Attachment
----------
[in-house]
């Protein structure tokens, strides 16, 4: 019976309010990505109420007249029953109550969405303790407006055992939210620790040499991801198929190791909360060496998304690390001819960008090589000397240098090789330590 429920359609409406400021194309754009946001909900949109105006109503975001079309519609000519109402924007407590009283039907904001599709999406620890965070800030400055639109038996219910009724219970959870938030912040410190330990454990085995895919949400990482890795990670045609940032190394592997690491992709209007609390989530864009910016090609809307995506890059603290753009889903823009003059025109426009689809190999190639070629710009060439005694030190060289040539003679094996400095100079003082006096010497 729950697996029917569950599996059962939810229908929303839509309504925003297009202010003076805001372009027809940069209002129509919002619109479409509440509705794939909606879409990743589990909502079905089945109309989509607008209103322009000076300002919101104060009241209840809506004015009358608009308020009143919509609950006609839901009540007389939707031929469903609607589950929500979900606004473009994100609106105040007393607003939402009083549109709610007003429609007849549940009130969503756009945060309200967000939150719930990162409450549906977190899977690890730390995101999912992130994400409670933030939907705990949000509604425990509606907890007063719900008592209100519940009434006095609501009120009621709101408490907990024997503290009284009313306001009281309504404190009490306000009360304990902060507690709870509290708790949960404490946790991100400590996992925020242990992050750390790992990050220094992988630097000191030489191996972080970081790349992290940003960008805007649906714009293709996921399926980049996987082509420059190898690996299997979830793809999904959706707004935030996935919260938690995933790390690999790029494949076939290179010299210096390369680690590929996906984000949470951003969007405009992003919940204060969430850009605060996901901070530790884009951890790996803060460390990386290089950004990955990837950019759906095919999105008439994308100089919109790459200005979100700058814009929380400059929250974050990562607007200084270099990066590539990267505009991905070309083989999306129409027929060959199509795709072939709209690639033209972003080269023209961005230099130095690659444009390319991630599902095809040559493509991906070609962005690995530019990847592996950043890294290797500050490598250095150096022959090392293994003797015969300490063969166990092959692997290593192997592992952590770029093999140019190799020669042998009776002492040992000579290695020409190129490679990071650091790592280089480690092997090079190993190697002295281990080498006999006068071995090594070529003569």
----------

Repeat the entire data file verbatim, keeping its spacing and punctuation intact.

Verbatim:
[in-house]
């Protein structure tokens, strides 16, 4: 019976309010990505109420007249029953109550969405303790407006055992939210620790040499991801198929190791909360060496998304690390001819960008090589000397240098090789330590 429920359609409406400021194309754009946001909900949109105006109503975001079309519609000519109402924007407590009283039907904001599709999406620890965070800030400055639109038996219910009724219970959870938030912040410190330990454990085995895919949400990482890795990670045609940032190394592997690491992709209007609390989530864009910016090609809307995506890059603290753009889903823009003059025109426009689809190999190639070629710009060439005694030190060289040539003679094996400095100079003082006096010497 729950697996029917569950599996059962939810229908929303839509309504925003297009202010003076805001372009027809940069209002129509919002619109479409509440509705794939909606879409990743589990909502079905089945109309989509607008209103322009000076300002919101104060009241209840809506004015009358608009308020009143919509609950006609839901009540007389939707031929469903609607589950929500979900606004473009994100609106105040007393607003939402009083549109709610007003429609007849549940009130969503756009945060309200967000939150719930990162409450549906977190899977690890730390995101999912992130994400409670933030939907705990949000509604425990509606907890007063719900008592209100519940009434006095609501009120009621709101408490907990024997503290009284009313306001009281309504404190009490306000009360304990902060507690709870509290708790949960404490946790991100400590996992925020242990992050750390790992990050220094992988630097000191030489191996972080970081790349992290940003960008805007649906714009293709996921399926980049996987082509420059190898690996299997979830793809999904959706707004935030996935919260938690995933790390690999790029494949076939290179010299210096390369680690590929996906984000949470951003969007405009992003919940204060969430850009605060996901901070530790884009951890790996803060460390990386290089950004990955990837950019759906095919999105008439994308100089919109790459200005979100700058814009929380400059929250974050990562607007200084270099990066590539990267505009991905070309083989999306129409027929060959199509795709072939709209690639033209972003080269023209961005230099130095690659444009390319991630599902095809040559493509991906070609962005690995530019990847592996950043890294290797500050490598250095150096022959090392293994003797015969300490063969166990092959692997290593192997592992952590770029093999140019190799020669042998009776002492040992000579290695020409190129490679990071650091790592280089480690092997090079190993190697002295281990080498006999006068071995090594070529003569």